When you kill enemies you’ll obtain currency, health, or weapon energy. There are dozens of weapon upgrades you can purchase from item stores, and you’ll want them. The game is nearly impossible without powering up your weaponry to take out the ever-increasingly difficult enemies on your journey. You’ll want to spend money as soon as you earn it to maximize your lethality. You obtain skill points by locating access codes, and using these will unlock new abilities, like a double jump. Save rooms allow you to refill energy, save your progress (by making a 3D printing of yourself), and teleport to previously found save rooms. When you die, you can pick which save room to continue in, but you’ll need to go to the spot of your death to regain any weapon upgrades you’ve purchased. The map and menu systems are set up nicely and are simple to navigate and comprehend.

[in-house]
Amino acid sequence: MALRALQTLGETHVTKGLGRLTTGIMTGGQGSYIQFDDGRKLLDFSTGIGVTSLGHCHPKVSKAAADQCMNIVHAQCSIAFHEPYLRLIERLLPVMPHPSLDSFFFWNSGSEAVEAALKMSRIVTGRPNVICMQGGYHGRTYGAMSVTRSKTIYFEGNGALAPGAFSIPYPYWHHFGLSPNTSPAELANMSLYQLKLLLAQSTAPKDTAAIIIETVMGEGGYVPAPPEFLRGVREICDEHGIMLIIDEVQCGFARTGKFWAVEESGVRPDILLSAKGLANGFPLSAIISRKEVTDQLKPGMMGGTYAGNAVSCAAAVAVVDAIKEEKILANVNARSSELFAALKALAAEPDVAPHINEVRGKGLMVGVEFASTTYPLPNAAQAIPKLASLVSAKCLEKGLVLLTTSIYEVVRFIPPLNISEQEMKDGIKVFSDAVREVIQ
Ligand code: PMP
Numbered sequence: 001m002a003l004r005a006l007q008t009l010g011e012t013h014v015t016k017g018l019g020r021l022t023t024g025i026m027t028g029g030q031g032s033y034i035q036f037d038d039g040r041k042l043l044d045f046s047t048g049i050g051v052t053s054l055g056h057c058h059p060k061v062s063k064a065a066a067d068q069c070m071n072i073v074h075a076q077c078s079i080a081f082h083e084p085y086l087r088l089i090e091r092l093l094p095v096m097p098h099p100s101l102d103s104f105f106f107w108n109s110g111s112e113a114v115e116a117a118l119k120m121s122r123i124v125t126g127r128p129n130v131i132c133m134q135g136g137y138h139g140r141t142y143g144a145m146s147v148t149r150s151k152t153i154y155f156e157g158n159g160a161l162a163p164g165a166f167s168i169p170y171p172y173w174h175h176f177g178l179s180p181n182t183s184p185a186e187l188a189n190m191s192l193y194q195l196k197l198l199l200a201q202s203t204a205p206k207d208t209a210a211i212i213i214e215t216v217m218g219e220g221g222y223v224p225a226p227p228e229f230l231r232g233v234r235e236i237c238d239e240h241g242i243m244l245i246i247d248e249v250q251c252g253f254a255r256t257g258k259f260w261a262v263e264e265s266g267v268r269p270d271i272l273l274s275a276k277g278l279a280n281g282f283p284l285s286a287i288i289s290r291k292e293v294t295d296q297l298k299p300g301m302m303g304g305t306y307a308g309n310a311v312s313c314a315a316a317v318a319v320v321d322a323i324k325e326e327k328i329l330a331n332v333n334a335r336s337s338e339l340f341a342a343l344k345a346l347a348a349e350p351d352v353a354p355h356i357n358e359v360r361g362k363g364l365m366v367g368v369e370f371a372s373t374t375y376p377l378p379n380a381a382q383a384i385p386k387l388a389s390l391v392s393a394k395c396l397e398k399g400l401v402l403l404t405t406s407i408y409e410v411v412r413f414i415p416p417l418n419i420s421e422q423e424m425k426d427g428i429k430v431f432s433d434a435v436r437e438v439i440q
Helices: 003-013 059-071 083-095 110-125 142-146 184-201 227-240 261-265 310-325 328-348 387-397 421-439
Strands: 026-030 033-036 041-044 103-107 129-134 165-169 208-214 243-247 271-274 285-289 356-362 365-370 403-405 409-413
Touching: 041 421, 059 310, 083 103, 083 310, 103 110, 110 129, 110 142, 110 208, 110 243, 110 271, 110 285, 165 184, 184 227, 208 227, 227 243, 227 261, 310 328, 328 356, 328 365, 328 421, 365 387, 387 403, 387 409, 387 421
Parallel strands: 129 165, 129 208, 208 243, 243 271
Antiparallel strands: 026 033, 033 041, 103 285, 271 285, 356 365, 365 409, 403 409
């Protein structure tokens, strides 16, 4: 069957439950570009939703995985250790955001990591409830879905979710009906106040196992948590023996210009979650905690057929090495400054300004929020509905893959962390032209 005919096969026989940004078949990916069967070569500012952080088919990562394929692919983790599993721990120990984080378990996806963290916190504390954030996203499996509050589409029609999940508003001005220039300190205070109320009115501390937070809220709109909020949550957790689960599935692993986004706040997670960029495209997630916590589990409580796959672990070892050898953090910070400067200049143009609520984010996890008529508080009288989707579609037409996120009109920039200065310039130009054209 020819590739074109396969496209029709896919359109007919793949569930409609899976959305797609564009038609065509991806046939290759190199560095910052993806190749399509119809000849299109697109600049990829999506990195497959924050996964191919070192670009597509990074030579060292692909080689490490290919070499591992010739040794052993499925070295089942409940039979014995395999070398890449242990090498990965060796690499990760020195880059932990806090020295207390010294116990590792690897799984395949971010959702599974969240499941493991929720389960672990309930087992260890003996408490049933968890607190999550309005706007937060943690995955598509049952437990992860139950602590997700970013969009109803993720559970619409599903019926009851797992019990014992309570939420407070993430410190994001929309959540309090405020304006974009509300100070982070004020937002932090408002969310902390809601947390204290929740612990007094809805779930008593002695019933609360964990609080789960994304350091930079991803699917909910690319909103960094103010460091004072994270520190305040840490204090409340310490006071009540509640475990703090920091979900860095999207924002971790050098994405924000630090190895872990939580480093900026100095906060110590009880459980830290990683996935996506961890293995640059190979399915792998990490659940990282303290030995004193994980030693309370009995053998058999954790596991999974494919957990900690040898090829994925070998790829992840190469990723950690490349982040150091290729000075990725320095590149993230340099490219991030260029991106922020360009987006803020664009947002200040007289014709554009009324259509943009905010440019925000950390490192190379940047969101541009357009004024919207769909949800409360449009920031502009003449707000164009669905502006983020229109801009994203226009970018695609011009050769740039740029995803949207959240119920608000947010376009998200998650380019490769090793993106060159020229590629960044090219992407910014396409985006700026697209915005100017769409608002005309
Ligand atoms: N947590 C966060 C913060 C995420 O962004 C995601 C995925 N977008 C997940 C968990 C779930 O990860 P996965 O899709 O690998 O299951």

In many rooms you’ll be unable to progress traditionally and you’ll have to figure out a puzzle. Your spirit form can pass through walls, which you can then possess an android in order to activate a switch to unlock a door or engage a lift. Some rooms are packed with guards; so taking control of a powerful android and killing off the others while your chassis stays out of harm’s way is a necessity. This feature is the most unique factor of Ghost 1.0 (and helps explain the name of the game), however it doesn’t really add much to the game’s fun factor. Unfortunately there are rooms that have alarms that, once triggered, turn into small kill rooms where you have to fight off hordes of attackers. I rarely enjoy these types of scenarios in any game, and it’s not fun here either.